Casino Watch Focus has reported on the ongoing efforts of New Jersey to legalize sports betting. Each attempt has been opposed by the major sports leagues and the NCAA and each attempt has resulted in failure. Their latest attempt is attempt lead to another ruling against them in federal court, so they appealed to the Supreme Court. Many thought the odds of the court picking up the case were long, especially after the Trump Administration’s Acting Solicitor General Jeffrey Wall submitted a brief to the Court siding against the New Jersey law. Such reports don’t always lead to a denial of the Court to pick up the case, but the odds are slim as the Court tends to side with the Solicitor General in nearly 80% of cases. The odds of the law being upheld are still rather small, as every attempt made so far has been shut down by the courts, as Yahoo Sports explains:
On Tuesday, the United States Supreme Court announced it would hear an appeal to reinstate a 2012 New Jersey law that would legalize sports wagering at the state’s casinos and racetracks.
While there is still a long, long way to go, it is as significant of a development in the legalization of sports betting as there’s been in years.
A series of lower courts said the state law, championed by New Jersey governor Chris Christie, was in conflict with the federal Professional and Amateur Sports Protection Act of 1992 (PASPA). That law prohibits sports wagering outside of Nevada and, in limited ways, three other states.
There is certainly no guarantee the Supreme Court will rule in favor of New Jersey; every lower court has sided with the federal government. The 3rd U.S. Circuit Court of Appeals out of Philadelphia ruled 10-2 in favor of the feds. Christie, a former federal prosecutor, knew there would be a considerable legal fight, although he likely never anticipated losing every time.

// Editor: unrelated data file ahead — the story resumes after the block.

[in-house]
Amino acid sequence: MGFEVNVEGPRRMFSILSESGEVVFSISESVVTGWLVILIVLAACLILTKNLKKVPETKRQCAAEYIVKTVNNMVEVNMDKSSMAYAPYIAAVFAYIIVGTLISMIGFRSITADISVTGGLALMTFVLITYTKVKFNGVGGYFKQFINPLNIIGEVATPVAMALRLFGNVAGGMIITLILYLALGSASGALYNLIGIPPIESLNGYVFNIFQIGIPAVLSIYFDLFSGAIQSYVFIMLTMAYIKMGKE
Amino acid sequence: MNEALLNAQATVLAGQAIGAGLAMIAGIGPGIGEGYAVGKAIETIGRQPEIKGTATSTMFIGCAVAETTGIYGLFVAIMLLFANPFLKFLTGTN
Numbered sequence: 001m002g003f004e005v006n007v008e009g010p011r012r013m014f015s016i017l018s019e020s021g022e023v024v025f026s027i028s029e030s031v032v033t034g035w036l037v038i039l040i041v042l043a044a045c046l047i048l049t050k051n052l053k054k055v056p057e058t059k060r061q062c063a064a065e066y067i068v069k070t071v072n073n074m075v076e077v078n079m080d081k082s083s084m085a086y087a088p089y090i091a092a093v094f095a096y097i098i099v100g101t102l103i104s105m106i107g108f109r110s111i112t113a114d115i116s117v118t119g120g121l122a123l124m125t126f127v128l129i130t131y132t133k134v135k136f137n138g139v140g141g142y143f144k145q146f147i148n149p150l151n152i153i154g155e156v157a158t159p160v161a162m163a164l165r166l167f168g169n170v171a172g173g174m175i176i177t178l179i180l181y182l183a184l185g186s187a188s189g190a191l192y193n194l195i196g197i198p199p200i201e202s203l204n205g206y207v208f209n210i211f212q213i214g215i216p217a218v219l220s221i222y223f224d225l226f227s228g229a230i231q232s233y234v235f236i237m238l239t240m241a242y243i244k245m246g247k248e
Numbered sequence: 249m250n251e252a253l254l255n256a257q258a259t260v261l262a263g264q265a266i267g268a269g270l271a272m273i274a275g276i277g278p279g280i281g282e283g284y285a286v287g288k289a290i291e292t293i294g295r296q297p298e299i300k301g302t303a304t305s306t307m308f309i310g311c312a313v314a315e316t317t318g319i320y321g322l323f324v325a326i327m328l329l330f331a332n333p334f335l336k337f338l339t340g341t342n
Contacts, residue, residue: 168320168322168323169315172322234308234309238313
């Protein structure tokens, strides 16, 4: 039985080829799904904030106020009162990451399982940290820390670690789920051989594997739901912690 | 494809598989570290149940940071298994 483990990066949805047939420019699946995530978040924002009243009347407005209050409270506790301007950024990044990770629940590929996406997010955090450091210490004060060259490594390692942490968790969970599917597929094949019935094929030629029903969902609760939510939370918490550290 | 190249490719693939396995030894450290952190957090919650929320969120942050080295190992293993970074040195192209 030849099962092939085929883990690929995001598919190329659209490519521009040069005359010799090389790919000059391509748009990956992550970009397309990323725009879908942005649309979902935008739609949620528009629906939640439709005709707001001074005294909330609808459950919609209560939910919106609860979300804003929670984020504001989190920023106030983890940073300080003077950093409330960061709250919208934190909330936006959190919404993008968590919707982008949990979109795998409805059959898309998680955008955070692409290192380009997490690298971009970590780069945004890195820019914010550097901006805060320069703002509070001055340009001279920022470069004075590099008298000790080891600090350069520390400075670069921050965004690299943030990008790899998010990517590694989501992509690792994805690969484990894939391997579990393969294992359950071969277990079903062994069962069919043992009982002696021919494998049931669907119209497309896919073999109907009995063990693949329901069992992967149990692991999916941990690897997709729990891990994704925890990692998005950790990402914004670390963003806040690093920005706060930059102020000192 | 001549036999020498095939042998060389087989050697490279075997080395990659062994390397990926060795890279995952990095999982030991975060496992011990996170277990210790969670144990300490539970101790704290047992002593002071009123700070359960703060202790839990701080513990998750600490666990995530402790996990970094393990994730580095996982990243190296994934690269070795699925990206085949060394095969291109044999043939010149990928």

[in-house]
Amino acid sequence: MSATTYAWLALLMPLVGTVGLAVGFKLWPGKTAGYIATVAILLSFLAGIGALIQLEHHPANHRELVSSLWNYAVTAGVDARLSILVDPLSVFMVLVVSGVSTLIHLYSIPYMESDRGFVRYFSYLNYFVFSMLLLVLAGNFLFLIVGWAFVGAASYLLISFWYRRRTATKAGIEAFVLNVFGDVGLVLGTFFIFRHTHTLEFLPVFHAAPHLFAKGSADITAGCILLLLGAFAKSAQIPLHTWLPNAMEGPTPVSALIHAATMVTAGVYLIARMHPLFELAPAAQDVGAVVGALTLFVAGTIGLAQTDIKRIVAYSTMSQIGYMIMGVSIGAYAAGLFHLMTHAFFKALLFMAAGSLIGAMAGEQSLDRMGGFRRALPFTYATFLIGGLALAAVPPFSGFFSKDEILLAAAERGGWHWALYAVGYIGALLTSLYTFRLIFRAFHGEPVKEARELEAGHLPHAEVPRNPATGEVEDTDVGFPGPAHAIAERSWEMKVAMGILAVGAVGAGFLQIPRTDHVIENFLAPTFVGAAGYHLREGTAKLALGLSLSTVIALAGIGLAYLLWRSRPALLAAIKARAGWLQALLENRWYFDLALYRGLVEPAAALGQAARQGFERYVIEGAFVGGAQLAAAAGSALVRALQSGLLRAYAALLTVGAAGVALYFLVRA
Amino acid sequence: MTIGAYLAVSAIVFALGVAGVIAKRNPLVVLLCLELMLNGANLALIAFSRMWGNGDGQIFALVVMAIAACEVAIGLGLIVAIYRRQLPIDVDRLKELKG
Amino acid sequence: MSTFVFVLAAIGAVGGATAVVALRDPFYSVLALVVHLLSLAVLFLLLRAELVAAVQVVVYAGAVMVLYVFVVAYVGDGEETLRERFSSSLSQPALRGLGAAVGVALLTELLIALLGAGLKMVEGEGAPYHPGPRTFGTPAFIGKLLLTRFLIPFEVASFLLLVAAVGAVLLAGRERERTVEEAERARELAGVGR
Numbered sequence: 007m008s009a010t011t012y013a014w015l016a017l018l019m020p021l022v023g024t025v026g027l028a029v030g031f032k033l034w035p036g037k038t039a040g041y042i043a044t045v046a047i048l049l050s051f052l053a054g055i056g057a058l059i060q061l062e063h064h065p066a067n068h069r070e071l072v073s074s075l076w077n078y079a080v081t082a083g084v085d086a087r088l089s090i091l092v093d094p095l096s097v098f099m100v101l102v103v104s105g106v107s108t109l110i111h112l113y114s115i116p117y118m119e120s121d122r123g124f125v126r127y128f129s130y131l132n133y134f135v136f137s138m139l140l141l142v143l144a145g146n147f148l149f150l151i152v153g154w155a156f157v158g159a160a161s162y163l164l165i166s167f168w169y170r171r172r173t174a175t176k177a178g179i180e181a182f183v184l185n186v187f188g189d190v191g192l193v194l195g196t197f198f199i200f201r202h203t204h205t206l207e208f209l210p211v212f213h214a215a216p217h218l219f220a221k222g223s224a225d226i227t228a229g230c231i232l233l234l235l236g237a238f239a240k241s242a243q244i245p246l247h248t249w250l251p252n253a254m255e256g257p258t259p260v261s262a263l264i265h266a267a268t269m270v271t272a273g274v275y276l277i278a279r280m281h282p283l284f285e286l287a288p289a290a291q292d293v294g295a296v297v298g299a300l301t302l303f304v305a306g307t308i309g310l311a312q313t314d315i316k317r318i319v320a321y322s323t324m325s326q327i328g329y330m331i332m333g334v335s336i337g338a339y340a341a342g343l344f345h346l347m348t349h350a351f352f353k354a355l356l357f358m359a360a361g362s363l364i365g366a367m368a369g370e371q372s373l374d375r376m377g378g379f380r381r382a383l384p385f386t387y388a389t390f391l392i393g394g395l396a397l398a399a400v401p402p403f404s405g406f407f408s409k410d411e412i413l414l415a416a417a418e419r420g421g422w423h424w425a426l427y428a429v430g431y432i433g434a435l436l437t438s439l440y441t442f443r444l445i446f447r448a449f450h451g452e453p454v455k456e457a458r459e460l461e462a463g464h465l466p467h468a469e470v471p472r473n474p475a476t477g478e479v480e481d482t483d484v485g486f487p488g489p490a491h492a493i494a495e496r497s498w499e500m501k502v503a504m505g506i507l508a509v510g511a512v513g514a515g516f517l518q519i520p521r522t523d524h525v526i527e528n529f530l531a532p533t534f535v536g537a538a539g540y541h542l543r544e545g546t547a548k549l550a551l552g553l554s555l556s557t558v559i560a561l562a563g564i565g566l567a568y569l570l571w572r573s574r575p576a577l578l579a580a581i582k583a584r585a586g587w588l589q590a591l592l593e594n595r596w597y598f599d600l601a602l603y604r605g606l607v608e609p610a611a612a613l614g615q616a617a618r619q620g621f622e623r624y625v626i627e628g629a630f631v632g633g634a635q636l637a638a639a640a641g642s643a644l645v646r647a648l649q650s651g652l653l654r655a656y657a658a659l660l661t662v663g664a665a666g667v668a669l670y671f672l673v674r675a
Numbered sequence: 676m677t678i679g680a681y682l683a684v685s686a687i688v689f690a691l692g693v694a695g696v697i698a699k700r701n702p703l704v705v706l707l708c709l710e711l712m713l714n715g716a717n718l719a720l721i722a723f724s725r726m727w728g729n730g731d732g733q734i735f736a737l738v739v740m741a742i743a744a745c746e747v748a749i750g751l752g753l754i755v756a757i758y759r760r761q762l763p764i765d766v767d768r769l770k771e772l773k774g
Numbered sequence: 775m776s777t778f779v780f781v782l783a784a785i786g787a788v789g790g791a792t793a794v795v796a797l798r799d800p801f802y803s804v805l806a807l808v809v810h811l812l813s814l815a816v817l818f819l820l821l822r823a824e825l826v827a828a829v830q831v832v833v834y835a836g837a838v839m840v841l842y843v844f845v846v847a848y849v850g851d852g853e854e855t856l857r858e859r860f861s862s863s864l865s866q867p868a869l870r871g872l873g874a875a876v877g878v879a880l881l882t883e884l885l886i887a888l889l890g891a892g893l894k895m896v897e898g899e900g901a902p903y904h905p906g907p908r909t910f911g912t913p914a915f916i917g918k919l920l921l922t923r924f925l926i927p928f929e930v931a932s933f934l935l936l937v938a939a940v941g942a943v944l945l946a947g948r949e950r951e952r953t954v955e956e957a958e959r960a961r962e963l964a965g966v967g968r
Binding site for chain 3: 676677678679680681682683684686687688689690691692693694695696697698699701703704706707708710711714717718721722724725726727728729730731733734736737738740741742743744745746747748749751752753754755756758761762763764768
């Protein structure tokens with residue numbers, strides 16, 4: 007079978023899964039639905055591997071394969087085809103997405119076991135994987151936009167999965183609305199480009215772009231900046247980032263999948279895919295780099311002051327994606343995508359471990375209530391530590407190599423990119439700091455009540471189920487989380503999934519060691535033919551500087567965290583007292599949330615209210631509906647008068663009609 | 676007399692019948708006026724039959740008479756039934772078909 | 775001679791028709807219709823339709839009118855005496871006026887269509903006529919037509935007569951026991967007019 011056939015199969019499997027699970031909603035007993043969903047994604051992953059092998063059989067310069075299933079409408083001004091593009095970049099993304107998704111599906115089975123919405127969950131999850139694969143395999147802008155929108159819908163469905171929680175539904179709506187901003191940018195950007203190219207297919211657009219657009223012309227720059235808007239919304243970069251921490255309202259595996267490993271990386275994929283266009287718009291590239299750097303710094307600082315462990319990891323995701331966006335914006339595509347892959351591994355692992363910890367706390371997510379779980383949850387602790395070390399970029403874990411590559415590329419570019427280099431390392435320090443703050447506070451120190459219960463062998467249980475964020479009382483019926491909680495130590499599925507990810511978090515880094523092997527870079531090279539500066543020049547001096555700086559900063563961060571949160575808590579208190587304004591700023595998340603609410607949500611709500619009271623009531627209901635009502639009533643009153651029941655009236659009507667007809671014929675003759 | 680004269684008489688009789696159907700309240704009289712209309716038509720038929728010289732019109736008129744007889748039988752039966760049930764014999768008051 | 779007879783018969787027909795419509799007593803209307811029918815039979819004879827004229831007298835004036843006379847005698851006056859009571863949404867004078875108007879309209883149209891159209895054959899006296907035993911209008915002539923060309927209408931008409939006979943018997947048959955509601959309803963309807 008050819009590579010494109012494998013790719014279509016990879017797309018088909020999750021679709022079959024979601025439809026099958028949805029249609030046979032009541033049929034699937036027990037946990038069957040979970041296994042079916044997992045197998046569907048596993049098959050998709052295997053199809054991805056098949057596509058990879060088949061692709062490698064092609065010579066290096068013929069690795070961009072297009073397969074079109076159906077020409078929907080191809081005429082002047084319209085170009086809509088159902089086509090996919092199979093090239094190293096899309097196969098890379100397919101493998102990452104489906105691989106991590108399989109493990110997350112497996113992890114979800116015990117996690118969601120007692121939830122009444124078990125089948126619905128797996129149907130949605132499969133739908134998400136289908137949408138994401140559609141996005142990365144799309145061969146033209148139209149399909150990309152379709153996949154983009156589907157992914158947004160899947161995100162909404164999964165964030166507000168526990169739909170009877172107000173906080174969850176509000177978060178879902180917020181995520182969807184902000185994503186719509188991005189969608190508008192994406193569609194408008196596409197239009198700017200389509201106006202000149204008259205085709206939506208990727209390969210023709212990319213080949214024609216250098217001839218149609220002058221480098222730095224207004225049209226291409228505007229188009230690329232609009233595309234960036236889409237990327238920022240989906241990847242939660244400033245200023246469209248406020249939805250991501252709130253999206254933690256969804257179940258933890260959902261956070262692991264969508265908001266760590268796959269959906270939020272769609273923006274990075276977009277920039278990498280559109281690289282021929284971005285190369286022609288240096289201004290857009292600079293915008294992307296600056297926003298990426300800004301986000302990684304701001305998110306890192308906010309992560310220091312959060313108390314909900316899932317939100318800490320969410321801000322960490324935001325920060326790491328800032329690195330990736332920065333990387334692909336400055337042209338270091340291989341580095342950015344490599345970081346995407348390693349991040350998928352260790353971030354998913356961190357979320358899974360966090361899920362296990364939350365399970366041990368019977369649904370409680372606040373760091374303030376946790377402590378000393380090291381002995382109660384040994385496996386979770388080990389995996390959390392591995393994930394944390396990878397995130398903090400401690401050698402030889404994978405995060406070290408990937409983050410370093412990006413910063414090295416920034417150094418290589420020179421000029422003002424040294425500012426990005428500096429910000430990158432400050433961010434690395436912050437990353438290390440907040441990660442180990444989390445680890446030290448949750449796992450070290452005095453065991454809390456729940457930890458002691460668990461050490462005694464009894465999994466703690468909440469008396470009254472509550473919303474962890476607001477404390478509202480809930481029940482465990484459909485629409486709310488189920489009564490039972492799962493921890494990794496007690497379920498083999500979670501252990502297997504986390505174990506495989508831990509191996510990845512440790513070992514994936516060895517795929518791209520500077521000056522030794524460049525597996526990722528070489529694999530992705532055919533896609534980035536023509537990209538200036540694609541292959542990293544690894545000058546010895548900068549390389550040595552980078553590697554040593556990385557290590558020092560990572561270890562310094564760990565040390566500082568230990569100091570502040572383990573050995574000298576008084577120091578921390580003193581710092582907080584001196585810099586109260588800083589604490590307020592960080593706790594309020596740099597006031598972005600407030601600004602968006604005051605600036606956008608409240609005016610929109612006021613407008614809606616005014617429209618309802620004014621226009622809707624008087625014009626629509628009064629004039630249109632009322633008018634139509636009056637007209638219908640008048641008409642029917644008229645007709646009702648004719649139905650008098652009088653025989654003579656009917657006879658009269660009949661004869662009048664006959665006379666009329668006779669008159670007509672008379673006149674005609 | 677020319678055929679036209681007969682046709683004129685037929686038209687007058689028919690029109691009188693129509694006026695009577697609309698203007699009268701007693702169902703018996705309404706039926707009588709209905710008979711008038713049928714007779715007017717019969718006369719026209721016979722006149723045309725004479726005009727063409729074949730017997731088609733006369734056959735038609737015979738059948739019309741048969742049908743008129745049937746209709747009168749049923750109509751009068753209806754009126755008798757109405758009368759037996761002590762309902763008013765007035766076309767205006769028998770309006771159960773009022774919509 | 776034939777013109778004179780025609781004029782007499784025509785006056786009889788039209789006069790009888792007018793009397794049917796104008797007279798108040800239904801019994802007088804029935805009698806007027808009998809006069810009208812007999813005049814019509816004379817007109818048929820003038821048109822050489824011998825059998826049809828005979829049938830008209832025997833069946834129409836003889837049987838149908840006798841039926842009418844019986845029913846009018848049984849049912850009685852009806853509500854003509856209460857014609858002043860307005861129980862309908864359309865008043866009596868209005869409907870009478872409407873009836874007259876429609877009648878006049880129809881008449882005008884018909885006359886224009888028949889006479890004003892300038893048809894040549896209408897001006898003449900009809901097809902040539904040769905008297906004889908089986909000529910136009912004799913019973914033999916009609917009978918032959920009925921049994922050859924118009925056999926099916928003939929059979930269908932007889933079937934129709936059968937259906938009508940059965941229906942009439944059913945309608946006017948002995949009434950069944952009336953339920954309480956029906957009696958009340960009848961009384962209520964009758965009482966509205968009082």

This case centers around the PASPA, but its possible for New Jersey to lose this case and state level sports gambling to still be made legal in the US. If Congress were to repeal or make changes to the law, then it could open the door to all states. The Washington Post reports:
And even if New Jersey loses its Supreme Court case, its fight for sports gambling has put the issue in the national spotlight, generating a new conversation about whether a partial ban on sports betting is the best way forward.
Last month, a congressional committee introduced draft legislation that would repeal PASPA and allow states to legalize online gambling, with oversight provided by the Federal Trade Commission. Frank Pallone Jr. (D), the New Jersey congressman who is spearheading the federal legislation, said Tuesday he was cheered by the news out of the Supreme Court.
A number of other states beyond New Jersey also have considered legislation that would legalize the practice.
No date has been set for the one-hour oral arguments in front of the Supreme Court justices, though a timeline for the case appears to be taking shape. Each side will file briefs supporting their arguments over the next few months.
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